Double tax Avoidance Agreements

The UAE has entered into 94 agreements with other countries to avoid double taxation of investments abroad. A document with a complete list of countries can be found at this link.

In conclusion, it is worth noting that the proposed corporate tax rate in the UAE will be one of the lowest in the world and is still attractive for foreign investment. The company will have enough time to prepare for the introduction of corporate tax, and additional information on the corporate tax regime in the UAE will be provided closer to mid-2022 to help businesses prepare and fully comply with the new requirements.

The content of this article is intended to provide general guidance on the subject and not legal advice.


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Taxation of crypto staking in the United States

Thanks to the growing number of virtual asset transactions, the notion of “crypto-staking” has become more familiar for tax affairs.

Staking can be described as getting rewarded for taking part in the blockchain system, in which users validate crypto transactions by staking their coins, by monetizing more coins by using virtual currencies they possess.

Which is to say, stakers receive rewards from cash in savings accounts, the same as getting dividends from stocks. Although from US federal law perspective, digital currencies are treated differently than fiat currencies and stocks for income tax purposes.

Personal Income Tax

With reference to the Internal Revenue Service (hereinafter: – “IRS”, convertible virtual assets are treated as property for federal income tax purposes, thus general taxation rules apply to such property transactions. According to the Internal Revenue Code, the stock is relevant to corporate shares. As convertible virtual currency is not an interest of the company, it won’t be referred to as stock and neither as security and debt instruments under income tax purposes. However, for the purposes of non-income tax purposes, some categories of virtual assets might be treated as securities, meanwhile there is a bill proposing a treatment of digital assets as “covered securities” in terms of information reporting hence brokers and exchanges will be required to report original sale price in order to calculate capital gain and loss.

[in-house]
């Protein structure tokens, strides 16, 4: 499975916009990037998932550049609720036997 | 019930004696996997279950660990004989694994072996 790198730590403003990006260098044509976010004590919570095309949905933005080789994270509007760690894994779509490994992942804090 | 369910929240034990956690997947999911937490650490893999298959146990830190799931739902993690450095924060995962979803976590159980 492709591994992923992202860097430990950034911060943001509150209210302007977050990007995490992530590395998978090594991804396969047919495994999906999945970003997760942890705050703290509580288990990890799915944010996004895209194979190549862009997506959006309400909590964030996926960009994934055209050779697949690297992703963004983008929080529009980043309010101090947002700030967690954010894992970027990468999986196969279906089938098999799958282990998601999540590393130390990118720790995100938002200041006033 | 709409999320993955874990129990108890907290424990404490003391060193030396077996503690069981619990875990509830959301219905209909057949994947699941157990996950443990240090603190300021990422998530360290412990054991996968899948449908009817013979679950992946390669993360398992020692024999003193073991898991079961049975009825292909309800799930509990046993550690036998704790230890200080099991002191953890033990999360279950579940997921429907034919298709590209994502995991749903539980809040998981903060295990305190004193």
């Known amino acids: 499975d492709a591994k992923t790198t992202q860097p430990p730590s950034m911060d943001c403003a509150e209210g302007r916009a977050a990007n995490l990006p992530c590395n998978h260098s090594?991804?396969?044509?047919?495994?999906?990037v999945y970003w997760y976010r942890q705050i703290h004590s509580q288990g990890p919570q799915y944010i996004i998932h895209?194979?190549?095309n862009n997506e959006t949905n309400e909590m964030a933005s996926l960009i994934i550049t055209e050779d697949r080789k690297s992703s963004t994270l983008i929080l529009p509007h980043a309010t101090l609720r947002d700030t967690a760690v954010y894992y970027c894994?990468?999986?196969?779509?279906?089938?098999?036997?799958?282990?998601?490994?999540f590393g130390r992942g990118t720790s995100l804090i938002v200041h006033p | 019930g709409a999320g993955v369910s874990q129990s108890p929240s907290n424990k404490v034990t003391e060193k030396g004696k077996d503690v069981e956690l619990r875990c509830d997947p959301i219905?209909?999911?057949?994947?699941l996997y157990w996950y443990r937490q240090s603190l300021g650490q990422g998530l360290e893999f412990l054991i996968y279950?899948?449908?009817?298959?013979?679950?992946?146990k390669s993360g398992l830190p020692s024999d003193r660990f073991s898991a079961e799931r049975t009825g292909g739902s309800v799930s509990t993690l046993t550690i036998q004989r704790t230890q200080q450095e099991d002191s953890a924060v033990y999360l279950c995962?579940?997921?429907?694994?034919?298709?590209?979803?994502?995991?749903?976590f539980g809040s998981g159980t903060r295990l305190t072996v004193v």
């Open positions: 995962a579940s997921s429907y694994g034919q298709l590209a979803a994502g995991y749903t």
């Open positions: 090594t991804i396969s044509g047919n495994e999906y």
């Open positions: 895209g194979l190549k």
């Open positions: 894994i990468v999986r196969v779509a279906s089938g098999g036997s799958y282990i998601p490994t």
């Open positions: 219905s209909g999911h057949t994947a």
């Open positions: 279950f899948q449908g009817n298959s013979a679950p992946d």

Taxation of mining

Thus far, there is no particular official instruction on taxation of staking transactions, while IRS Notice 2014-21 stipulates that a taxpayer who engaged in virtual asset mining is subject to tax on the new virtual currency received from those activities as ordinary income. Likewise, Revenue Ruling 2019-24 states that “a hard fork followed by an airdrop results in the distribution of units of the new cryptocurrency to addresses containing the legacy cryptocurrency.” Prior rulings might be interpreted that the IRS shall view crypto staking benefits analogous to an ordinary income provided that the taxpayer disposes of new coins at the time they are generated.